Released from jail and with no charges pending against him, the 56-year-old Oakland man accused in the 1970 shooting death of a Berkeley police officer continued to insist on his innocence in a telephone interview with the Daily Planet and protested his treatment at the hands of Berkeley police.
Berkeley Police officer Ron Tsukamoto was shot and killed on University Avenue by a single gunman in the early morning hours in August 1970. A witness to the shooting provided police with details that led to the creation of an artist’s sketch of the alleged killer. The witness died several years later in an auto accident.
Last week, retired Oakland educator Styles Price was arrested by Berkeley police for Tsukamoto’s murder. A second man, 56-year-old Don Graphenreed, was also arrested and accused of driving the getaway car.
Berkeley police say they believe a third man, Price’s brother Philip, acted as the lookout in the murder. Philip Price currently owns a home and operates a business in Mexico, where he has been living for more than a year.
The Alameda County district attorney’s office declined to bring charges against Price and Graphenreed, but Alameda County Deputy District Attorney Morris Jacobson said the decision “wasn’t the fault of Berkeley police.”
While he declined to go into the specifics, the prosecutor praised Berkeley detectives for their efforts.
“The Berkeley Police Department has done an excellent job of investigation,” Jacobson said. “One of the key problems with resolving the 35-year-old murder case is that both bystander eyewitnesses to the crime died, one in an automobile crash and the other of natural causes. Even if one of the three alleged participants in the crime agreed to testify against the others, it wouldn’t be enough to earn a conviction without additional physical or other evidence that would substantiate the account.”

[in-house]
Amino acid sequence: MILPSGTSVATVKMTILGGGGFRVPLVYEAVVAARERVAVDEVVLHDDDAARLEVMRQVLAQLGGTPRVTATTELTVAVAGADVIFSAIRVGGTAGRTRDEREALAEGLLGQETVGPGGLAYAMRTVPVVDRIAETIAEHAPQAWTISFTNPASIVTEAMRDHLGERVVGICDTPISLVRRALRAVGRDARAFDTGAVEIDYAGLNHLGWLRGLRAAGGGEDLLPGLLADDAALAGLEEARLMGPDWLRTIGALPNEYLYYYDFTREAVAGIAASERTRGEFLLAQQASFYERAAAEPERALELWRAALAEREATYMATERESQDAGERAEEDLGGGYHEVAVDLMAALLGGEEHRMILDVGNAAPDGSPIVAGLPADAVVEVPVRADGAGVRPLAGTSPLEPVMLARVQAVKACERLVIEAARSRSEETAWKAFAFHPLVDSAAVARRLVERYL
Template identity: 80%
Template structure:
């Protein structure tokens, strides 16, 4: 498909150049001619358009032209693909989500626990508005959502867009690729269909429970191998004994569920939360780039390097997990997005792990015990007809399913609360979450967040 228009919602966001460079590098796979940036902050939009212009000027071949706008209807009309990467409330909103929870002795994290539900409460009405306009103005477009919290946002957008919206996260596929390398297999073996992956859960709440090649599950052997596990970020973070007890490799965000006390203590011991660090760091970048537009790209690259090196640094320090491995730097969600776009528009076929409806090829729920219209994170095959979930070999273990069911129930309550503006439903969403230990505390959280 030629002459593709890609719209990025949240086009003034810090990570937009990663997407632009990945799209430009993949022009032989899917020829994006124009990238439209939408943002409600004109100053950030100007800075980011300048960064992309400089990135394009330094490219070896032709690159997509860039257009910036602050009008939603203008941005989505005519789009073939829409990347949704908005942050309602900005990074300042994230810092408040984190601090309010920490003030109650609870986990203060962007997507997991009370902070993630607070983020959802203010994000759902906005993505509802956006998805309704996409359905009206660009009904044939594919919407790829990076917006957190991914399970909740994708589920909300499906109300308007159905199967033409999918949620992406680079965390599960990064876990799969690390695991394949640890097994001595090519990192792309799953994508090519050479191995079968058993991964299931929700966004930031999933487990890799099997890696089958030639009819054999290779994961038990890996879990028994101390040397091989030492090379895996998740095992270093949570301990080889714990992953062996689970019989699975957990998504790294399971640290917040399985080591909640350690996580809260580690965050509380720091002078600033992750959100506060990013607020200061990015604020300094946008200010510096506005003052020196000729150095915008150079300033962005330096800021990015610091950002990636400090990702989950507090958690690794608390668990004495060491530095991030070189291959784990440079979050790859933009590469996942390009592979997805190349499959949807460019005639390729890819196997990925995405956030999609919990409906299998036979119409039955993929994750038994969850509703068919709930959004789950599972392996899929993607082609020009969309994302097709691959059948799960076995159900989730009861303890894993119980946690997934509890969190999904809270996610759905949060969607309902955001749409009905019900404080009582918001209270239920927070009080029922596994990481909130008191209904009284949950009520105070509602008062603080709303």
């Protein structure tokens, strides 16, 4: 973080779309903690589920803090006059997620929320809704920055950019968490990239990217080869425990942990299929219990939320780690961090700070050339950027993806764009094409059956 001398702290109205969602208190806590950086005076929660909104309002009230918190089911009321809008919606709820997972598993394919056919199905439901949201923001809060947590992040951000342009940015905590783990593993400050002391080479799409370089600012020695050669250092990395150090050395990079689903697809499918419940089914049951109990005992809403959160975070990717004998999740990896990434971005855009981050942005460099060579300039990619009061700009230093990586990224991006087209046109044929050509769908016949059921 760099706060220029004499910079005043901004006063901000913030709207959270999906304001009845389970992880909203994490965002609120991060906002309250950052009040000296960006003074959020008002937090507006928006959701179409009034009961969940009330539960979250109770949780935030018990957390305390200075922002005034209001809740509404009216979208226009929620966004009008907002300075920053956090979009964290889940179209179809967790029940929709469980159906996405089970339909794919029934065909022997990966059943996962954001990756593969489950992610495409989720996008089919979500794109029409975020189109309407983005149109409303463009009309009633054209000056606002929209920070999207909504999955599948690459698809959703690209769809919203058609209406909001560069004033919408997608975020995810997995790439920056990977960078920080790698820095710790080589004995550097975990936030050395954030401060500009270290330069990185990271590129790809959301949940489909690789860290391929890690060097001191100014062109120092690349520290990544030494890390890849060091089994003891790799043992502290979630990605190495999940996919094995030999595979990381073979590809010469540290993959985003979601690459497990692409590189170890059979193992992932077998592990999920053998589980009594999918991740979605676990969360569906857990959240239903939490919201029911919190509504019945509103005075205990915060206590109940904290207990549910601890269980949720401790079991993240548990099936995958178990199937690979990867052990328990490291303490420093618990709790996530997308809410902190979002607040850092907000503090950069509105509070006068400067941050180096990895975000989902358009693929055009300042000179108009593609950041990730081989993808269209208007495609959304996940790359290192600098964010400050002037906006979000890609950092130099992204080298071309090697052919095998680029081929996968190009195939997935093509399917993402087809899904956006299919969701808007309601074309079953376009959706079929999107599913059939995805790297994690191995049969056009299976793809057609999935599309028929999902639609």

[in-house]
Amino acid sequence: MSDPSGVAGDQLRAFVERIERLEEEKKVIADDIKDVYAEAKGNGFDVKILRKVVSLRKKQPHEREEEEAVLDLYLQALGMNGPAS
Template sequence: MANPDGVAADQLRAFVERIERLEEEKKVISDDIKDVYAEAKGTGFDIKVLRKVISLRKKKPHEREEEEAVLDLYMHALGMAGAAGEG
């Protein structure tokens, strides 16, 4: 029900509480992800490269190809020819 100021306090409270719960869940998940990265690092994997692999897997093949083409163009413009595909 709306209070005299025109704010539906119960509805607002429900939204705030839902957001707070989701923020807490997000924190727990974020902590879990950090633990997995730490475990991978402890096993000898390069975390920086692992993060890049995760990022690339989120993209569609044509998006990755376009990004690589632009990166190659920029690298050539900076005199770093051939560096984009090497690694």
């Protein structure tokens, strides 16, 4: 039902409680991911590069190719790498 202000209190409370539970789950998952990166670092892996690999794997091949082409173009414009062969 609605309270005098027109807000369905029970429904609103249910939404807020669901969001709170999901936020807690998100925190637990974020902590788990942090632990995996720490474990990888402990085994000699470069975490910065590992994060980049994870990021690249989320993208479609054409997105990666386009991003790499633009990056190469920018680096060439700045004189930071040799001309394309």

But Price said flatly, “I did not do it,” adding that he could not say anything more about the case on advice of his lawyer, Oakland attorney William DuBois.
But Price was willing to give details of his year-long contact with Berkeley police in the Tsukamoto case.
Price said that Lt. Russell Lopes—the Berkeley investigator brought out of retirement to reopen the Tsukamoto murder investigation—came to his house in the Mills College area of Oakland in May of 2004 to get DNA samples. That was shortly after Berkeley police first arrested Graphenreed in connection with the murder. Graphenreed was released two days later, after the Alameda County District Attorney’s office declined to press charges.
“Lopes didn’t interview me at that time, and he said that I was not under suspicion,” Price said. “He brought a small army of police officers with him, and I didn’t want to let him in my house, so we went out in the backyard and he took six DNA samples. I told him he was barking up the wrong tree, and that I didn’t want my DNA to be in the system. But he said that if it didn’t match, the police would destroy the samples. I didn’t do it, and I thought the DNA would be proof positive.”